For our sake he was crucified under Pontius Pilate; he suffered, died, and was buried.
On the third day he rose again
in fulfillment of the Scriptures; he ascended into heaven
and is seated at the right hand of the Father. He will come again in glory
to judge the living and the dead, and his kingdom will have no end.
Every time we pray the Nicene Creed, we profess our faith in Jesus Christ and his saving deeds for us. These few sentences summarize the whole truth of our redemption. But the words have become so familiar that they trip off our tongues, almost without thought. We have memorized them and easily say them by heart, so to speak. But how deeply do we really understand their meaning? How can we truly grasp by heart the profound truths they contain?
By studying the Scriptures about the meaning and power of the cross. Prayerfully contemplate our crucified Lord, and you will come to know the depths of his mercy and compassion toward us, sinners undeserving of such sacrificial love.
The Paradox of the Cross
“When mankind was estranged from him by disobedience, God our Savior made a plan for raising us from our fall and restoring us to friendship with himself,” wrote St. Basil the Great in the fourth century. “According to this plan Christ came in the flesh, he showed us the gospel way of life, he suffered, died on the cross, was buried, and rose from the dead. He did this so that we could be saved by imitation of him, and recover our original status as sons of God by adoption.”
In words echoing the Creed, Basil clearly and effectively reviews the history of humankind’s redemption, the story of our need for salvation, and how God brought that about through his Son Jesus. Central to our salvation is Christ’s death on the cross: Through his sacrifice, the Son of God conquered sin and Satan, overcame death’s stranglehold on the human race, and restored us to union with our Creator. Jesus’ cross is the greatest of paradoxes: Through his death we have received life. The cross may seem an instrument of torture in the eyes of unbelievers, but to those who do believe, it is the instrument of our salvation. “For the message about the cross is foolishness to those who are perishing, but to us who are being saved it is the power of God” (1 Corinthians 1:18).
St. Paul was the first to put into writing a “theology of the cross.” In his letter to the church at Corinth, he explained, “In Christ God was reconciling the world to himself, not counting their trespasses against them. . . . For our sake he made him to be sin who knew no sin, so that in him we might become the righteousness of God” (2 Corinthians 5:19, 21). What good news it is that God reconciled the world to himself through Christ and does not count our sins and failings against us! But we are forgiven, not because God overlooked our trespasses, but because Christ took them upon himself. Reconciliation with God was won for us at the price of Jesus’ death on the cross. His passion and crucifixion are a stark reminder that our salvation, forgiveness of our sin, is costly.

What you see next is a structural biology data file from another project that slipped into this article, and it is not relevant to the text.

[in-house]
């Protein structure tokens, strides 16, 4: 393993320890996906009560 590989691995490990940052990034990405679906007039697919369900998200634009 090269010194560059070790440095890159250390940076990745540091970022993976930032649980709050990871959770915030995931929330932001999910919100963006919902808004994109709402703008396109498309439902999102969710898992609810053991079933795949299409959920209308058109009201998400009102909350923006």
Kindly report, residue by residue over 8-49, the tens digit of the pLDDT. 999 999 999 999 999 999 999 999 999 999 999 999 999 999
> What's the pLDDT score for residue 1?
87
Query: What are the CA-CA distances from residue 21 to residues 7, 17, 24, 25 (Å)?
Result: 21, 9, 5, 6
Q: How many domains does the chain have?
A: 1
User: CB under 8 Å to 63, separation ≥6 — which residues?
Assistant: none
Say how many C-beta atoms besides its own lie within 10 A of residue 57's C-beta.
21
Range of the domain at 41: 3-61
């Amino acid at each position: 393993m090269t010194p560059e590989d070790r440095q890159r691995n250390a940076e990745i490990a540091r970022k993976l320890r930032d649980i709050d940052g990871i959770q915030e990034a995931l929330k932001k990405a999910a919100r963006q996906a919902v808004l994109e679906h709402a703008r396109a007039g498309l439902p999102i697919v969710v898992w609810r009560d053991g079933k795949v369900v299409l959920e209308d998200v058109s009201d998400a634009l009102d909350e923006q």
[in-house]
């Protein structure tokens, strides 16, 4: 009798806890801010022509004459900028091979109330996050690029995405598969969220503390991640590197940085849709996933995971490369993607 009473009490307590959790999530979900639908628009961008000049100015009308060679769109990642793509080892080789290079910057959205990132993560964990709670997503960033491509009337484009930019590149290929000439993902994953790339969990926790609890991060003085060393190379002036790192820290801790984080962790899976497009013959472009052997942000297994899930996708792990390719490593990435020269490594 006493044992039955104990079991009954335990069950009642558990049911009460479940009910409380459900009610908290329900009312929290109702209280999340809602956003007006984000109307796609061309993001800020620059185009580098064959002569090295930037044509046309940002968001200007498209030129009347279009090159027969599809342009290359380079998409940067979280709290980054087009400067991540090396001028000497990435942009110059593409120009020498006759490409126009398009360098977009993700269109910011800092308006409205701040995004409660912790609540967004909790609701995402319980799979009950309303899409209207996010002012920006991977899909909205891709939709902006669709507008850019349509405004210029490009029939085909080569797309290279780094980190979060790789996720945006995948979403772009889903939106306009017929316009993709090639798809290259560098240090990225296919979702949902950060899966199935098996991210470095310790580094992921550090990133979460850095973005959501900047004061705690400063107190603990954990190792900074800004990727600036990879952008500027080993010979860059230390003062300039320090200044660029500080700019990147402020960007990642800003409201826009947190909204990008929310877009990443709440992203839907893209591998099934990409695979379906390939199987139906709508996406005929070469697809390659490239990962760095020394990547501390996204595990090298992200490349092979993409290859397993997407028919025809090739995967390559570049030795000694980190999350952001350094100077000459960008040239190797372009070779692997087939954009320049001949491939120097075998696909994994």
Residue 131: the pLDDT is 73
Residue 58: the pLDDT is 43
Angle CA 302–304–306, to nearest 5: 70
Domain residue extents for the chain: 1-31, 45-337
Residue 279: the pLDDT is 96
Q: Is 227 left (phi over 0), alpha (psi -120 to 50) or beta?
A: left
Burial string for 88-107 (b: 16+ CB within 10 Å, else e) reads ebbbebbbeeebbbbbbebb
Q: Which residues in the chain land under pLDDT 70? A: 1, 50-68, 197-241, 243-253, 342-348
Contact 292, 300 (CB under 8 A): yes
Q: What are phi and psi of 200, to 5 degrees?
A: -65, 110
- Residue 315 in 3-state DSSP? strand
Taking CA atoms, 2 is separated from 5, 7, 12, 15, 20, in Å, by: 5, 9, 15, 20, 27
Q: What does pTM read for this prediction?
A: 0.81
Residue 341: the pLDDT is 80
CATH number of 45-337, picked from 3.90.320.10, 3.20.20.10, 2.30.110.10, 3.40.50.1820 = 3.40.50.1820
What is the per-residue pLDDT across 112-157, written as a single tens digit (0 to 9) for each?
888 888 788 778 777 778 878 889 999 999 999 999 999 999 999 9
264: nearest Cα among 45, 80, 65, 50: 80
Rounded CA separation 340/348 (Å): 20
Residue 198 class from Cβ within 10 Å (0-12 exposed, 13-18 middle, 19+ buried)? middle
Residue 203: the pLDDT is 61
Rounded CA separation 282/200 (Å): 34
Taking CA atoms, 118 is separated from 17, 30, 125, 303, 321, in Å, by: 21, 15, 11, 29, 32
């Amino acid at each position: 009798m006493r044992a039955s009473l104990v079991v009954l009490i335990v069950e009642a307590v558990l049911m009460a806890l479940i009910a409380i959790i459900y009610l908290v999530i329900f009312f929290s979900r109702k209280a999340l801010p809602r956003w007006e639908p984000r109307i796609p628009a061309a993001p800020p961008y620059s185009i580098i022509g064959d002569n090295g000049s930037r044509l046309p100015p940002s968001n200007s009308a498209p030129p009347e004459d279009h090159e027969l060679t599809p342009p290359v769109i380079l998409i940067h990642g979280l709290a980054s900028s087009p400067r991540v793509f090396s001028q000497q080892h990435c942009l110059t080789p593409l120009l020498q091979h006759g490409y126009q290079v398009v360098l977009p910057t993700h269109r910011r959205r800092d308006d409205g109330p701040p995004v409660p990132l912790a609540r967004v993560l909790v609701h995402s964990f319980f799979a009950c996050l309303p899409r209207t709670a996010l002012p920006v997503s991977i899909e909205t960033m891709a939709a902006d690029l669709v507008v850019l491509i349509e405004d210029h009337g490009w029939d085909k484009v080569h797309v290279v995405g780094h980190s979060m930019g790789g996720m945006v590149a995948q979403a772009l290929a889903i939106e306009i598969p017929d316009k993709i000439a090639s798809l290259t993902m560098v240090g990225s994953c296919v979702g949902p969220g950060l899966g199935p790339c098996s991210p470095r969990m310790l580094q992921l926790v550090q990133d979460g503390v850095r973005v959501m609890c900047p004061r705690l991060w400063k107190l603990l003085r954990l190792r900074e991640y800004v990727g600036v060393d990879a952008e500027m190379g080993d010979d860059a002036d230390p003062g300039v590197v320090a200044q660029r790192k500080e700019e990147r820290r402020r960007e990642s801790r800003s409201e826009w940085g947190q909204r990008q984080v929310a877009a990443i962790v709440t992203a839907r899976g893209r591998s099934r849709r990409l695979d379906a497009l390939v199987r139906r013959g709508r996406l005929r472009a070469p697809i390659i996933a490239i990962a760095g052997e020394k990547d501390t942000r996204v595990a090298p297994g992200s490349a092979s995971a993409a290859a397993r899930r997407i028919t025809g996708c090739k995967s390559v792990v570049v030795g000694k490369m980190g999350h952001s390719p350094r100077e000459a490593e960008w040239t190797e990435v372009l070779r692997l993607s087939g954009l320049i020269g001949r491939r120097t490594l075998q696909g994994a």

Not only does the cross bring us eternal life, but it also brings us a more abundant life here and now. Jesus “bore our sins in his body on the cross, so that, free from sins, we might live for righteousness” (1 Peter 2:24). His death on the cross won us victory over our sins—every one of them. Through his cross, Jesus has set us free from all that separates us from our Lord and prevents us from following him: our disobedience, our pride, our anger, and our self-centeredness. In Christ we die to this “old self,” and in Christ we rise to the new.
Allow Paul’s cry, “Be reconciled to God” (2 Corinthians 5:20) to strike deeply at your heart. He persistently appeals to us not to reject God’s offer of salvation, “not to accept the grace of God in vain” (6:1). “Now”— today, each and every day—“is the acceptable time” for us to return to the Lord, “now is the day of salvation” (6:2) for us.
Let us take hold of the life-giving power of the cross so that we can share in the victory that Jesus won for us. Our hope is that on the last day, we will be united with him in his resurrection, healed and transformed in body, mind, and spirit, and wholly conformed to his image. “Now to him who by the power at work within us is able to accomplish abundantly far more than all we can ask or imagine, to him be glory in the church and in Christ Jesus to all generations, forever and ever. Amen” (Ephesians 3:20-21).
This is a selection from The Life-Giving Power of the Cross by Jeanne Kun (The Word Among Us Press, 2011).